I’d like to think that it’s not by simple coincidence that the last post on my blog, which is nearly a year old, is about a young boy who’s fascinated me, brought me to tears, and most importantly fueled my personal motivation about improving how people innovate.
This young boy is Kelvin Doe and he’s from Sierra Leone. My serendipitous relationship with Sierra Leone started nearly a decade ago when I was introduced to their civil war through the hidden lenses of an undercover journalist.
In one of the scenes, a late teen is stopped by a group of men dressed in military uniforms and asked if he’d been part of the street kids shooting at them. The boy answers in Krio (a local language – pidgin english) that he wasn’t shooting anyone. If my memory serves me well, the men proceed to ask him what he was doing outside and he answers that he is out looking for some food. After a few more back and forth between them, they tell him to walk away and as he turns around to leave, one of the men pulls his machine gun and shoots him in the back. I can play that scene over and over in my head until I’m 90 years old and it’ll still feel like it was yesterday. I was scarred for life.
I was so moved by that image that I began writing a fictional novel about a young boy from Liberia who travels to Sierra Leone looking for his father only to get dragged into the war as a Child Soldier.
My relationship with Sierra Leone didn’t end there. A few years later I was approached by a producer to do a voiceover for the documentary Blood Diamonds by the History Channel. Diamonds from Sierra Leone have been called “Blood Diamonds” because their sale had been used to partly finance the decade long war that consumed the country. I accepted, of course.
Then earlier this year, I stumbled upon Kelvin’s story. I was moved to tears, not tears of sorrow but tears of hope. I’d been investing sweat, blood, money, and sleepless nights on Miigle for 2 years and while watching the video about Kelvin, I knew I’d found my purpose in life.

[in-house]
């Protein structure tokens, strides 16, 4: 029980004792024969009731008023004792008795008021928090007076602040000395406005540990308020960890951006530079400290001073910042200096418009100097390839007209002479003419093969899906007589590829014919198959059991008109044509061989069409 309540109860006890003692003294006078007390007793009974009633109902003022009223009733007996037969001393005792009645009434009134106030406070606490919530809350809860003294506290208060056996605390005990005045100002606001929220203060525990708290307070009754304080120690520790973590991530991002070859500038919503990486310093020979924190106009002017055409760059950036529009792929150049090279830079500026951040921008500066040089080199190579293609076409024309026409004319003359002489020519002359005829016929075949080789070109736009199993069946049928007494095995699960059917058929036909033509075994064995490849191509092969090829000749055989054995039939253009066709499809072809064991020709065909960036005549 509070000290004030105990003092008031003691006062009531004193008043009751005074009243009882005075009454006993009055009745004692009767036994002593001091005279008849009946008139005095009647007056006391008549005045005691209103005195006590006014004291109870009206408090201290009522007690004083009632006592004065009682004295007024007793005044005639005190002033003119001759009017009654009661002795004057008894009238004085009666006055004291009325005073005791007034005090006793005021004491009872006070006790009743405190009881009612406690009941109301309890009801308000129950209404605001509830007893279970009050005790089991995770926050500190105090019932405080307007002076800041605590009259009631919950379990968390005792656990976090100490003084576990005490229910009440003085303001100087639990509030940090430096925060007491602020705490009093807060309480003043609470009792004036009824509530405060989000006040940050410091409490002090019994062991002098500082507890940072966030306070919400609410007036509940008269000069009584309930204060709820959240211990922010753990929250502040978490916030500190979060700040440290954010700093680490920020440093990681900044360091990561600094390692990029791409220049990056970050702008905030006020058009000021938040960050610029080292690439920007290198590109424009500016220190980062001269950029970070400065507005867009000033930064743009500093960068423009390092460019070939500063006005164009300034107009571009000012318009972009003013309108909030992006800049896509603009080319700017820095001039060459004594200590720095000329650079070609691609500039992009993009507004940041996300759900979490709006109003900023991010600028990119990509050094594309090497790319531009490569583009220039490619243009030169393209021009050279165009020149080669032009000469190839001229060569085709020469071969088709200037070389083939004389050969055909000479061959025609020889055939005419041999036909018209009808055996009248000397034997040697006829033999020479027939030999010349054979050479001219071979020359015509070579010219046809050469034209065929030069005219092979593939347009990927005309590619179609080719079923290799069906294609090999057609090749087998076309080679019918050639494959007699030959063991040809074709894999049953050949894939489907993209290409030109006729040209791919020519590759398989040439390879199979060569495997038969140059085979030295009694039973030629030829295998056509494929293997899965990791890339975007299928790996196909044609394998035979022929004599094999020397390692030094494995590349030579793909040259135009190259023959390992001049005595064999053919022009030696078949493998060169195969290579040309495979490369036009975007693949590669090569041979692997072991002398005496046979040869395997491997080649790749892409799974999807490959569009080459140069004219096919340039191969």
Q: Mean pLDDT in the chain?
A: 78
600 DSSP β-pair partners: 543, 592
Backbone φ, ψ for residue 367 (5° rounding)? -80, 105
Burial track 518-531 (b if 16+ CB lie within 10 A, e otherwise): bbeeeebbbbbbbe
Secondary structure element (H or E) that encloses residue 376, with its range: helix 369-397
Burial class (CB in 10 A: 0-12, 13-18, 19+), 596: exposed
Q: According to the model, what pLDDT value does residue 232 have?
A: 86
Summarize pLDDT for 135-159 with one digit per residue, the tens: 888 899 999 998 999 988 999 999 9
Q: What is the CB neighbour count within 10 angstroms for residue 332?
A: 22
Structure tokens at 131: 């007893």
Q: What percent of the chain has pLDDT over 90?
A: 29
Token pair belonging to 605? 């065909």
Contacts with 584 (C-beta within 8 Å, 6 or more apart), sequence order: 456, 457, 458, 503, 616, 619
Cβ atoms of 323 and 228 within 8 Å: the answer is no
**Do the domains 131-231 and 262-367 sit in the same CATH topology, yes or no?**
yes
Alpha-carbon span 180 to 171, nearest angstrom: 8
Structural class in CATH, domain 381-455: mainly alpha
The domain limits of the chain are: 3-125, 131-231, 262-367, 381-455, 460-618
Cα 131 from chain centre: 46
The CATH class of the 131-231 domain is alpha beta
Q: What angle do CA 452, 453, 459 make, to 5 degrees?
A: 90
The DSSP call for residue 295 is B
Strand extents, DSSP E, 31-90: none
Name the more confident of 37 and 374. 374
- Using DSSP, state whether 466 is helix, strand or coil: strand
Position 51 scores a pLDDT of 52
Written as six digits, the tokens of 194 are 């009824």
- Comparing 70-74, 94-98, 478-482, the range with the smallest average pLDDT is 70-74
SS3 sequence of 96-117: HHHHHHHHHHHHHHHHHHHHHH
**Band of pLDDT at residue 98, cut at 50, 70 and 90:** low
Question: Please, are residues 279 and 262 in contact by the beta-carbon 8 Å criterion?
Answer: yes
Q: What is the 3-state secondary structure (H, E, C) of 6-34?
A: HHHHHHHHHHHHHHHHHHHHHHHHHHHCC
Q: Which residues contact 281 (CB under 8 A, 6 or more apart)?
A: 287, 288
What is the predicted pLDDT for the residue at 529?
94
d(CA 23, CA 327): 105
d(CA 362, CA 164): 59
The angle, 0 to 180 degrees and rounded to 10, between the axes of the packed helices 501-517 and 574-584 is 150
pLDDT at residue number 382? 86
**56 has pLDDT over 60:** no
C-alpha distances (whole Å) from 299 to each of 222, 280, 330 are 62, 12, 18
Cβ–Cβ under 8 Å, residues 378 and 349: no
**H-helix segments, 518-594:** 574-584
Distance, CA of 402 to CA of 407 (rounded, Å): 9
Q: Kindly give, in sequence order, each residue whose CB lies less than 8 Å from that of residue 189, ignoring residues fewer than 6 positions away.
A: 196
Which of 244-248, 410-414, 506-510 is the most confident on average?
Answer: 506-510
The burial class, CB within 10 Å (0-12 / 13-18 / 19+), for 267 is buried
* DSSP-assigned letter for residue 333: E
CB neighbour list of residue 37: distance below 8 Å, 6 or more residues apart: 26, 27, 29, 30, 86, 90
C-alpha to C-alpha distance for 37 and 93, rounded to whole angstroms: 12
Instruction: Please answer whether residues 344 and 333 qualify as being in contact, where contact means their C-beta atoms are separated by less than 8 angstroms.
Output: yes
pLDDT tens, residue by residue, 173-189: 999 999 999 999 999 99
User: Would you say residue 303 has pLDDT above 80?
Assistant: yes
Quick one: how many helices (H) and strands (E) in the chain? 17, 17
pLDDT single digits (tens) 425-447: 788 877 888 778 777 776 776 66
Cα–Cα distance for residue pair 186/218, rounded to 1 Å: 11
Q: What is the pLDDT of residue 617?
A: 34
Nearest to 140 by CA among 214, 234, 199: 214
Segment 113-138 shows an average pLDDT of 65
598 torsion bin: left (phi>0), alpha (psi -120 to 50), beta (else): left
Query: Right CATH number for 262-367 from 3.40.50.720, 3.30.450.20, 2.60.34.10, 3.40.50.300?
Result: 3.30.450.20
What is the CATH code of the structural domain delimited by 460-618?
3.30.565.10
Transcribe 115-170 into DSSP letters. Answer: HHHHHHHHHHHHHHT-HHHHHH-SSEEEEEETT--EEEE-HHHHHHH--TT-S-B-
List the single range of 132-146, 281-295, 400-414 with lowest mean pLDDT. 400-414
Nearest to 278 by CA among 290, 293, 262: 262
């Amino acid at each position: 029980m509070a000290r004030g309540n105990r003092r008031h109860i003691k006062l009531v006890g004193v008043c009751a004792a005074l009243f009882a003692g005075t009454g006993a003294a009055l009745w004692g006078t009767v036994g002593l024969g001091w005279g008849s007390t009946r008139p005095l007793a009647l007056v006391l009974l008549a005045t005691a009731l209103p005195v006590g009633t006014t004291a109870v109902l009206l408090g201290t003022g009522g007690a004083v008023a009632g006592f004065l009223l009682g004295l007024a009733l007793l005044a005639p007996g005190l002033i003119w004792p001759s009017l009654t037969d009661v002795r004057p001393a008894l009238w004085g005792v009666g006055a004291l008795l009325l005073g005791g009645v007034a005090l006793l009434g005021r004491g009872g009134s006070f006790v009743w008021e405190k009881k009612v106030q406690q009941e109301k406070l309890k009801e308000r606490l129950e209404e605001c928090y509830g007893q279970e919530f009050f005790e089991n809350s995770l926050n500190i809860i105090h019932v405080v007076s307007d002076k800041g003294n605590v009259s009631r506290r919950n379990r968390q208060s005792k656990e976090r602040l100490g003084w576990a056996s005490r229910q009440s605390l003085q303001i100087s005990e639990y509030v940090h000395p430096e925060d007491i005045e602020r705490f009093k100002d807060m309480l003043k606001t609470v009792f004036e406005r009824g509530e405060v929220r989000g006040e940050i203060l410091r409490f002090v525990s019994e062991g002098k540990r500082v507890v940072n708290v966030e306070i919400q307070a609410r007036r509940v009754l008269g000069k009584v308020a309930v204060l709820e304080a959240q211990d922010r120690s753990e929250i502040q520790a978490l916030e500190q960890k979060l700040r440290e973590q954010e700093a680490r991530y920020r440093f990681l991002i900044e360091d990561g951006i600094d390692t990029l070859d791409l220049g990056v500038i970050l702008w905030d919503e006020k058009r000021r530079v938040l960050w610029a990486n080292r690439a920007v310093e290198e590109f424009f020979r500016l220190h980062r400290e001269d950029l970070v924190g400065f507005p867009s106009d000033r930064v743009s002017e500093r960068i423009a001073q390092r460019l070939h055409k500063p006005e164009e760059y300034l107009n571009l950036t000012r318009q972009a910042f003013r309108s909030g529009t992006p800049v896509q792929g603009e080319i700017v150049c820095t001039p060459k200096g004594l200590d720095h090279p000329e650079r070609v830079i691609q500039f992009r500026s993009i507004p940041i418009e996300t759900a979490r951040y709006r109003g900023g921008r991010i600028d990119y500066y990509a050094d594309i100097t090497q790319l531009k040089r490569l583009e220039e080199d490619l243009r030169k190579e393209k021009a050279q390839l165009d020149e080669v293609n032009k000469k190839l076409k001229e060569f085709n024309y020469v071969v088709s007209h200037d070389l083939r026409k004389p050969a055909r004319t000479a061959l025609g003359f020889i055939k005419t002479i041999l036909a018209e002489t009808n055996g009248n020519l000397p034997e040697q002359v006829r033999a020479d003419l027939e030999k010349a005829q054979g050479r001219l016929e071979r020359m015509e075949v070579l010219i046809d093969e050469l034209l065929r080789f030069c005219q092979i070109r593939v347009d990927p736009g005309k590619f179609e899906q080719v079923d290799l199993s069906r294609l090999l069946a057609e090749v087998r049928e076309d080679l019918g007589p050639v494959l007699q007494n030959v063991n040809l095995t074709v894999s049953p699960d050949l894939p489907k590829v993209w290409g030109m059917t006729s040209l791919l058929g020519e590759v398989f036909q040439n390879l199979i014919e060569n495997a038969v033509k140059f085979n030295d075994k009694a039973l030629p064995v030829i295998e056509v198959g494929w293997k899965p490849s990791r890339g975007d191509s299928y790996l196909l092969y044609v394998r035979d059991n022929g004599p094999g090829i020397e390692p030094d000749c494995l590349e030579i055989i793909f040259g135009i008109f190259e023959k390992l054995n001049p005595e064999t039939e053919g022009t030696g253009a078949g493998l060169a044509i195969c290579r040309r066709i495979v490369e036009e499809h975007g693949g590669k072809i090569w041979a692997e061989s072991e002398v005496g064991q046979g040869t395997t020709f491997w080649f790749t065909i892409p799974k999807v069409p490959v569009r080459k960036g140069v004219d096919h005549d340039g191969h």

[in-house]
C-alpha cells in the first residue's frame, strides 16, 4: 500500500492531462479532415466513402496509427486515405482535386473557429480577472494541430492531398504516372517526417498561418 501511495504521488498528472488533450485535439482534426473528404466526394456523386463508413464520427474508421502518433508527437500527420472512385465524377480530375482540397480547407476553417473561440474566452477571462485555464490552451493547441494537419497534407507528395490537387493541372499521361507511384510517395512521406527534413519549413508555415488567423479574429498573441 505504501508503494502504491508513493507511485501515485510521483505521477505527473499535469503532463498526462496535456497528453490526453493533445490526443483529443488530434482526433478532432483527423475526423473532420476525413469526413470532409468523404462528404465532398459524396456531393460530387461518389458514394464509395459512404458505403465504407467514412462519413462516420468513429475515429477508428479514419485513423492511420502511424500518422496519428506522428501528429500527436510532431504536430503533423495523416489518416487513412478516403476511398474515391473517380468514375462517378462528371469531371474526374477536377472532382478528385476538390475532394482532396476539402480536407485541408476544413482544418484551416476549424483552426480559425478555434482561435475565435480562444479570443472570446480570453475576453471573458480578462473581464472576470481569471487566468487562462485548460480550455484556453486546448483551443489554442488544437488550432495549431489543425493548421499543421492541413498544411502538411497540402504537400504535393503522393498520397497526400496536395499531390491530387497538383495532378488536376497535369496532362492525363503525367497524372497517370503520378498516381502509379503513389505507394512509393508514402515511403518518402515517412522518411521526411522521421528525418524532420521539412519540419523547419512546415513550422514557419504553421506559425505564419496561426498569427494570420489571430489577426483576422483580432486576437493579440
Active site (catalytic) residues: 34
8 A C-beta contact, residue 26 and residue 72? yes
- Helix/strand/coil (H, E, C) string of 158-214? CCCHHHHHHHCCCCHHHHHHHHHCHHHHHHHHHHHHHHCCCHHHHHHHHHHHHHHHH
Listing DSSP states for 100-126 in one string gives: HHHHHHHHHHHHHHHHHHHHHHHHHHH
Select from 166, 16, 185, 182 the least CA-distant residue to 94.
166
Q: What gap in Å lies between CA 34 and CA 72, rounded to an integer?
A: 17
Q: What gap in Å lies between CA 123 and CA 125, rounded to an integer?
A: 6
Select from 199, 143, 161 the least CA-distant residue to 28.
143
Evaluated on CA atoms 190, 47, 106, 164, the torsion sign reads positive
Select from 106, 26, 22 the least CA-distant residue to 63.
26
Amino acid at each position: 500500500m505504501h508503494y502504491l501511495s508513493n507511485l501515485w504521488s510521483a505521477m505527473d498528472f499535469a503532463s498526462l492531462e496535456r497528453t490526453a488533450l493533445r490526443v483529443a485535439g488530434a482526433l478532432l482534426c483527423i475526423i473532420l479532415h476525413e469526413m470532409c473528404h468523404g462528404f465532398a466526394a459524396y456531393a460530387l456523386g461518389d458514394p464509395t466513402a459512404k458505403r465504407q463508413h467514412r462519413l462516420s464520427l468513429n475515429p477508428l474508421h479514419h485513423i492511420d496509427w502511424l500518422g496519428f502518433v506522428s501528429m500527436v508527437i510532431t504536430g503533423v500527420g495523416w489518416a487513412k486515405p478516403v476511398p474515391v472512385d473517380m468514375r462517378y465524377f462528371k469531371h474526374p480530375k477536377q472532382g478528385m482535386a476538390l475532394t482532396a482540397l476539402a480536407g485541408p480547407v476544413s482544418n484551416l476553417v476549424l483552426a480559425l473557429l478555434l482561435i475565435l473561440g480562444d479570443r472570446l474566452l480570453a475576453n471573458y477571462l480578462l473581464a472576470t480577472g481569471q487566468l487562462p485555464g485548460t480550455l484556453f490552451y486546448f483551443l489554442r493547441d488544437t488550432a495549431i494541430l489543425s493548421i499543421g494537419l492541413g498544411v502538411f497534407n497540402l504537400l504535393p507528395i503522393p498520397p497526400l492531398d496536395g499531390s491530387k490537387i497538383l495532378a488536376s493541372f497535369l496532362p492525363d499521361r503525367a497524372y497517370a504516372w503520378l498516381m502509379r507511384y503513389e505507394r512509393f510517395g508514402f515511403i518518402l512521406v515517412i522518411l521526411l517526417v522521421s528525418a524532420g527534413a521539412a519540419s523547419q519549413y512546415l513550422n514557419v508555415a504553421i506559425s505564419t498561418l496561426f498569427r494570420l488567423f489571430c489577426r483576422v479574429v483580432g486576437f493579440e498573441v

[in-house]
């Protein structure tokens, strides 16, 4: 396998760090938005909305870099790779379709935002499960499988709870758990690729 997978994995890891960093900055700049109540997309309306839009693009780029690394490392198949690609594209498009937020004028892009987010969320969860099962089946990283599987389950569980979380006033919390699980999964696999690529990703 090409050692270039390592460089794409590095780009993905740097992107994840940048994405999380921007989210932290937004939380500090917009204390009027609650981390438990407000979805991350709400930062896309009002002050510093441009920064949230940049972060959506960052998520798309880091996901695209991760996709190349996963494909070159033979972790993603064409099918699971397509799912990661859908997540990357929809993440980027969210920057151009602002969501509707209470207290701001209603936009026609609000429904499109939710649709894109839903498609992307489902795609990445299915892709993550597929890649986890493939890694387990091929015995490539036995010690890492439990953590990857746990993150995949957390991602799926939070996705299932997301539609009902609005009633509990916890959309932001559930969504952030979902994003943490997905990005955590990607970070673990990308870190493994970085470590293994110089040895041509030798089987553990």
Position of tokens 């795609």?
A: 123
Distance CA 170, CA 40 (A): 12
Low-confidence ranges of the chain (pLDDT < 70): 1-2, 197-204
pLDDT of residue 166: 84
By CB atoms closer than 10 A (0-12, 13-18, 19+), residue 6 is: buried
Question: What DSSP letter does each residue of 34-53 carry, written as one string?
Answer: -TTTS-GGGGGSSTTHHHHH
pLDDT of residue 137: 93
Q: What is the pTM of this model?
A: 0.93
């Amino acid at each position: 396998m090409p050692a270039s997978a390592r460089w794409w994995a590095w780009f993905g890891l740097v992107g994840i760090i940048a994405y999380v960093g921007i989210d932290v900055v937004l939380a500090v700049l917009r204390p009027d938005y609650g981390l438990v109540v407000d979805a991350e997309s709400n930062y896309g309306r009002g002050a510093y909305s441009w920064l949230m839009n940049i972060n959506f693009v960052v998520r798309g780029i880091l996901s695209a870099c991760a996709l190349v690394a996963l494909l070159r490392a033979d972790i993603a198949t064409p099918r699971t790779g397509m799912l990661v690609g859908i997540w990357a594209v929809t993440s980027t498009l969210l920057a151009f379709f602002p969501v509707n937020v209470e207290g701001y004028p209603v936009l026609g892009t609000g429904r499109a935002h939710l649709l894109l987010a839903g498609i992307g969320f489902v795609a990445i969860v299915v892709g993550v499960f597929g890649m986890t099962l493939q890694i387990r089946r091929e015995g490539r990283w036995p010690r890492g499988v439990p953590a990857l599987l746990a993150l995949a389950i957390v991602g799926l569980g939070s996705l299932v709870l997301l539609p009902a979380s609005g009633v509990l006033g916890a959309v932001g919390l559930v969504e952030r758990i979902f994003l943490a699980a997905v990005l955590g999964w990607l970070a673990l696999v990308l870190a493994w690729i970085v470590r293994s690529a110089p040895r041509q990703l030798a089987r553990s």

It was all worth it.
Yesterday, I got to borrow Kelvin’s story and shared it as part of my pitch for the NewMe Accelerator program LA Popup during Google for Entrepreneurs Week. Along with me was Josh Fester, my co-founding partner and CTO of Miigle. It was our first time ever introducing Miigle to an audience. We’d been working tirelessly for this moment and it was the opportunity we’d been looking for. I was a bit nervous but I knew I had to focus on the bigger picture – this wasn’t about me – this was about Kelvin and the millions of brilliant entrepreneurs here in the US and around the world who have the ideas and the will but are falling short in resources (intellectual, practical, financial, and even emotional) and are struggling to find the right people to help them pull through. THAT’S the core problem Miigle fixes.
After the pitch, the feedback from people in the audience and other entrepreneurs pitching was heartwarming. It made the past two years some of the best in my life.
I look forward to the next 60, hopefully. I can tell you one thing for sure, I’m ready.
A HUGE thanks to my friend Miyishia Slay for informing about the NewMe event as well as a LOUD SHOUT to William Ruiz, Miigle’s Director of Business and Legal Affairs who couldn’t be there with us!
Below is my 2 minutes pitch in its entirety.
Miigle Pitch – NewMe LA Popup
Meet Kelvin, he’s from Sierra Leone, a country ravaged by war for 10 years. At the age of 13, Kelvin wanted to become a radio DJ to give a voice to his community, but he couldn’t afford a radio. So he built one from trashed electronics he found on the streets.
Kelvin’s story touched the heart of a visiting MIT student who later became his mentor.
Hi I’m Luc Berlin. I’m a cofounder of Miigle and our mission is to simplify how people innovate.
Building a startup is exciting but the process sucks for most entrepreneurs because it’s difficult for them to connect with the right people for help.
And the solution to that is Miigle – a web platform that automates the connection between startups, entrepreneurs and people interested to help.
All it takes is 5 mins to create and post your project then Miigle automatically introduces it to people most likely to contribute whatever resources you need. We also provide a marketplace and analytics to measure your impact.
Our initial revenue streams are a subscription model at $20/year and advertising.
Miigle matters because there’re over 400 million entrepreneurs in the world and according to Gartner the social innovation industry will be worth $7 billion in 2 years.
Unlike AngelList and Kickstarter, Miigle allows you to proactively crowdsource different resources and market your products on the same platform.
Miigle will generate $67M in our first 3 years and will be profitable in each one.
Our team consists of a MBA Grad, a Computer Nerd and a Juris Doctor – for a combined 25 years of experience.
We’re very excited to be launching our MVP this month and are seeking $100K to invest in our technology and introductions to potential advisors.
So help us, give a fighting chance to entrepreneurs around the world, from people in this room to children like Kelvin.